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November 13, 2013 | By Michael McGough
Senate Republicans who blocked the second of three of President Obama's recent nominees to an important federal appeals court this week deserve most of the bad things being said about them. The filibustering of qualified nominees to the U.S. Court of Appeals for the District of Columbia Circuit is blatantly partisan and intellectually dishonest. The Republicans claim they are blocking the nominations because the D.C. Circuit is underworked and could get by with fewer judges - and besides, Obama is trying to “pack” the court with liberals.
November 12, 2013 | By Michael A. Memoli
WASHINGTON -- Senate Republicans blocked another of President Obama's nominees to the U.S. Court of Appeals for the District of Columbia Circuit, the latest chapter in a long-running battle between the parties over seats on the influential court. The 56 to 41 vote for Cornelia "Nina" Pillard, a Georgetown law professor, was shy of the 60 needed to end a Republican filibuster. One senator voted present. Pillard was one of three nominees Obama announced in June to fill out the court, considered second only to the U.S. Supreme Court in its importance in the judicial branch.
November 2, 2013
Re "Senate GOP blocks Obama picks," Nov. 1 As the result of GOP filibuster abuse, five years after President Obama first assumed office, Bush administration holdover Edward J. DeMarco still heads the Federal Housing Finance Agency (FHFA). The Wall Street-friendly DeMarco is one of the nation's greatest obstacles to meaningful economic recovery. DeMarco blocked efforts to provide debt relief to the victims of Wall Street scammers. He did so even after the U.S. Treasury offered to pay the FHFA 63 cents for every dollar forgiven.
November 1, 2013 | Michael A. Memoli
Senate Republicans' rejection Thursday of two key nominations by President Obama revived a battle over filibuster rules and opened a new partisan front just as congressional leaders and the White House are searching for a budget compromise to avert another government shutdown. Democrats in the Senate immediately renewed a threat to use their majority to impose the so-called nuclear option, making a historic change to long-standing Senate rules that would prevent a minority party -- currently Republicans -- from blocking such nominations through filibuster.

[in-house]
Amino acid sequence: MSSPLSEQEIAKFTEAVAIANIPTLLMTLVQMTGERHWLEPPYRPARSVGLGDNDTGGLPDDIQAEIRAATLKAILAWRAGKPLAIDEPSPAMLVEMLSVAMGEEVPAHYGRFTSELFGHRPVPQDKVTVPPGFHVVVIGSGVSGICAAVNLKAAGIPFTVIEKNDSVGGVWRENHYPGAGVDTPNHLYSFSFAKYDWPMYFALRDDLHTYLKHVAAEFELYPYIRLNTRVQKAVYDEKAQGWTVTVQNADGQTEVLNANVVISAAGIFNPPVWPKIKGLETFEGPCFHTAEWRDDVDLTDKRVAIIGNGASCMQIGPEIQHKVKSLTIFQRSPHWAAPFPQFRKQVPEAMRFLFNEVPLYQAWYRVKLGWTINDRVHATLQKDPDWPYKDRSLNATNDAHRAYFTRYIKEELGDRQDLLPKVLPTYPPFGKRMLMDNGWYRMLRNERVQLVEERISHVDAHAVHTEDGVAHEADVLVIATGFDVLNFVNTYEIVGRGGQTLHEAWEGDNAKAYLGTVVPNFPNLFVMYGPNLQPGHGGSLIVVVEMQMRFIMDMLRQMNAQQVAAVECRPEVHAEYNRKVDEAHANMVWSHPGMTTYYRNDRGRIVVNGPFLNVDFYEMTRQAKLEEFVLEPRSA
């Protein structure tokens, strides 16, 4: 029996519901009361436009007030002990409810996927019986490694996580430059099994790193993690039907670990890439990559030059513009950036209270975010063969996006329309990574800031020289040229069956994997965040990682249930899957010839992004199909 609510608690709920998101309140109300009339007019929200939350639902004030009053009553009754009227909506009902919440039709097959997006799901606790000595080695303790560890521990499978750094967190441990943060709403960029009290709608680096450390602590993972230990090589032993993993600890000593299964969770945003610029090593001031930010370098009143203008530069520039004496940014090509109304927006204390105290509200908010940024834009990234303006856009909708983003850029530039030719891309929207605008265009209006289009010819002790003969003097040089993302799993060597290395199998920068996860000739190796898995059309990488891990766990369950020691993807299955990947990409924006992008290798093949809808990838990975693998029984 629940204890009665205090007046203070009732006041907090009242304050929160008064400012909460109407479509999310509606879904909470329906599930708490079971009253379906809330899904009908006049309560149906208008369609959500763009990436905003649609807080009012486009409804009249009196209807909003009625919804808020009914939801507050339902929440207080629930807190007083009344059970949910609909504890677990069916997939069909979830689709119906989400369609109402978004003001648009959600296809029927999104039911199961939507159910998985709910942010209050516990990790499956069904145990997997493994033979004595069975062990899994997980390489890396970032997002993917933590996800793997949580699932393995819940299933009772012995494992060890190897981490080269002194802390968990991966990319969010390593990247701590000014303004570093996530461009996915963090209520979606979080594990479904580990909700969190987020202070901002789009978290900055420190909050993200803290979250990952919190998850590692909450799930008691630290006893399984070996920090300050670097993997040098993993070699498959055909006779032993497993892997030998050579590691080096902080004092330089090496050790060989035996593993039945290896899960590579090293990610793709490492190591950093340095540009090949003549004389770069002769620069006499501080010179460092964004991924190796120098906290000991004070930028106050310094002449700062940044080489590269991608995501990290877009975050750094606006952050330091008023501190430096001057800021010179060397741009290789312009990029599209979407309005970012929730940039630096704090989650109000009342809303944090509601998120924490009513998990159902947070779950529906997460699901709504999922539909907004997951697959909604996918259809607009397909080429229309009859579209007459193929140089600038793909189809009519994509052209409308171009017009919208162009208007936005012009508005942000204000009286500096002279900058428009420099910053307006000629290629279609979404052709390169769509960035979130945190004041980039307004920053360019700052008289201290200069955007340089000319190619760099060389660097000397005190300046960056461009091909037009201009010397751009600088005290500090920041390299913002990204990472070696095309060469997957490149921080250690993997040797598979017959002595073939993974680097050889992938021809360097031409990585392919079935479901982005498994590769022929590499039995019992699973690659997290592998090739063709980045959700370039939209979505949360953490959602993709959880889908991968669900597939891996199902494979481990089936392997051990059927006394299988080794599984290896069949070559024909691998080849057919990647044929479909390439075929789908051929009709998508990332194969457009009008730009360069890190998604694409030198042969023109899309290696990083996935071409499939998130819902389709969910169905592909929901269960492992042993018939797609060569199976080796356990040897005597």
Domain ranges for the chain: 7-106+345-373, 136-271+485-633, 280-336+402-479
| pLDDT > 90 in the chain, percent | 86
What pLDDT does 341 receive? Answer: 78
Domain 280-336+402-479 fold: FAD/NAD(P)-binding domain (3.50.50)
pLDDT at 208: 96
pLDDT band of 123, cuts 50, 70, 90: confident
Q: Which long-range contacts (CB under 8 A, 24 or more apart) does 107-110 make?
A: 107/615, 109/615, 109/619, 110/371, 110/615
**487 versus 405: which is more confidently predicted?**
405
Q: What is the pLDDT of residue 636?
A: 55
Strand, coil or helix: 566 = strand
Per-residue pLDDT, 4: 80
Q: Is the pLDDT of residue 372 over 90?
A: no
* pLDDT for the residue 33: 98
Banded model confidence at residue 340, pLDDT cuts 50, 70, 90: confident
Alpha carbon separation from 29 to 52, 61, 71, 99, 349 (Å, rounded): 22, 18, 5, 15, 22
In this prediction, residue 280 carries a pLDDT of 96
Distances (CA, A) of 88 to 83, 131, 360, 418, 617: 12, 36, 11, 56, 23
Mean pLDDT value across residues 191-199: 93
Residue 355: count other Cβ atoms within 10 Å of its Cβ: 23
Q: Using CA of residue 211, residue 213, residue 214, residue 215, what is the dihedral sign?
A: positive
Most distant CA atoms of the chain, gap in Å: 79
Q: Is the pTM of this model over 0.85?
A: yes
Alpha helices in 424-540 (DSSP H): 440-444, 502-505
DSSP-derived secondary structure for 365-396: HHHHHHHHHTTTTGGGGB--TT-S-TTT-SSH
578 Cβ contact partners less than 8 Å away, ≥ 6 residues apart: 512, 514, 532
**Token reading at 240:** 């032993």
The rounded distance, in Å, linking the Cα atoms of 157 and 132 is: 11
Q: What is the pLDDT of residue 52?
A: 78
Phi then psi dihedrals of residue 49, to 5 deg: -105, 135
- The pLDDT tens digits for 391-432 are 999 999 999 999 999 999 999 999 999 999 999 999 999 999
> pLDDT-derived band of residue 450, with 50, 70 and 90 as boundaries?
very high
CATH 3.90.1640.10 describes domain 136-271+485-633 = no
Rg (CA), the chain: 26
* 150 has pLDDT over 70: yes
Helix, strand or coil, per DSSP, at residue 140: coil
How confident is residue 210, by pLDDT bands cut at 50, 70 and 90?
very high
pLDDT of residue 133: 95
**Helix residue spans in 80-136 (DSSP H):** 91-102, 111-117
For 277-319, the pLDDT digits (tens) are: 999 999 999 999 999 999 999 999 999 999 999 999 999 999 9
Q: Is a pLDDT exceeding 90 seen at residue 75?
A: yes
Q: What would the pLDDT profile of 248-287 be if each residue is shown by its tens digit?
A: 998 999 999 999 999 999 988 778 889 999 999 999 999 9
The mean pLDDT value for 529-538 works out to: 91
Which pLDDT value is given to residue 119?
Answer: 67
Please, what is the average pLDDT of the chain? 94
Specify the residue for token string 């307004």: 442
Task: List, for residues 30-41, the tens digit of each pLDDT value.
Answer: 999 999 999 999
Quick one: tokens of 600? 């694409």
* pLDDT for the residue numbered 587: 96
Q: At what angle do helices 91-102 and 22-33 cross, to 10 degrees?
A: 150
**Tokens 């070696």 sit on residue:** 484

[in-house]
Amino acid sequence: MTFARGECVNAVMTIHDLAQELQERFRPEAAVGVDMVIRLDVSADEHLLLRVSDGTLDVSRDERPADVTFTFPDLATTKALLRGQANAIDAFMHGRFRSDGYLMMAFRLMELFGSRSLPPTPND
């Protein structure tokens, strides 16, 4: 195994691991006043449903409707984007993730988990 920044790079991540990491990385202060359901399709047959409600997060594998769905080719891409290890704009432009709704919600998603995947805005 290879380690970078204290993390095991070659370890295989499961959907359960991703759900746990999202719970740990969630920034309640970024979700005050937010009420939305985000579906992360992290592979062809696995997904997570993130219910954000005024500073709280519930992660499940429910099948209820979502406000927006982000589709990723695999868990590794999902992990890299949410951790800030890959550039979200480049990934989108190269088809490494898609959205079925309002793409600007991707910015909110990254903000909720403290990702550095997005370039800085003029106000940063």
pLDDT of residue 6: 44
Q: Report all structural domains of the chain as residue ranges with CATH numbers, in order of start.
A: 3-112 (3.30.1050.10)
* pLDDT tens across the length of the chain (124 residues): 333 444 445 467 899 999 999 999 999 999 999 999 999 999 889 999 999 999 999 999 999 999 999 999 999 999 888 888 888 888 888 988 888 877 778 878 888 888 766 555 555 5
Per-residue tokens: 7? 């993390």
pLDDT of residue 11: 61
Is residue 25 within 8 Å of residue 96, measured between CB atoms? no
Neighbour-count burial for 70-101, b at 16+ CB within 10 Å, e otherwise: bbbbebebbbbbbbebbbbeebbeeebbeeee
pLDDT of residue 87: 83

November 1, 2013 | By Jim Puzzanghera
WASHINGTON - In blocking the nomination of Rep. Mel Watt to head a top housing agency, Senate Republicans showed they preferred to keep oversight of Fannie Mae and Freddie Mac in the hands of a career bureaucrat who opposes providing more aggressive aid for struggling homeowners. Watt, a Democrat from North Carolina, was nominated by President Obama to be director of the Federal Housing Finance Agency. The nomination failed a key procedural vote Thursday. The White House and congressional Democrats plan to continue to press for Watt to replace acting Director Edward J. DeMarco, who has led the housing regulatory agency since 2009.
September 25, 2013 | By Robin Abcarian
Reading “Green Eggs and Ham” to the children at bedtime is perfectly acceptable way to end the day in most American households. Choosing to do it from the floor of the U.S. Senate , then using the story as a metaphor for why you oppose Obamacare is a little weird, but no weirder than putting on a 20-hour faux filibuster designed to get your colleagues to vote against a bill you actually support . At least when...
August 5, 2013 | By Alexei Koseff
WASHINGTON -- Wendy Davis, who garnered national headlines in June for filibustering a controversial bill restricting abortion access, confirmed Monday that she was considering a bid for governor of Texas next year. Speaking at a packed lunch at the National Press Club here, the Texas state senator announced she would either run for reelection in the Senate or for the governorship of the nation's second-largest state. Though she has settled on those two options, Davis said she was still considering what her family and Texas voters want.
July 17, 2013 | Michael A. Memoli
The bipartisan accord that ended a sometimes bitter Senate debate over filibusters Tuesday handed the Obama administration a significant victory, ensuring the confirmation of several major nominees and the functioning of federal agencies endangered by determined Republican opposition. Democrats had been poised to force through a major change in Senate rules, ending the power of a minority to block executive branch nominations by threat of filibuster. Republicans had said they would respond by bringing the Senate to a halt.
July 17, 2013 | By The Times editorial board
The Senate averted a partisan meltdown Tuesday when Republicans agreed not to block votes on several White House nominees and Democrats dropped their plan to ban filibusters on key executive branch positions. That's a good thing, at least on first glance. But the peace in the Senate is an uneasy one, given the air of mutual distrust between the two parties' leaders. And it's not clear yet whether the filibuster abuse that has become the norm in the Senate has been stopped or merely suspended until the next logjam.
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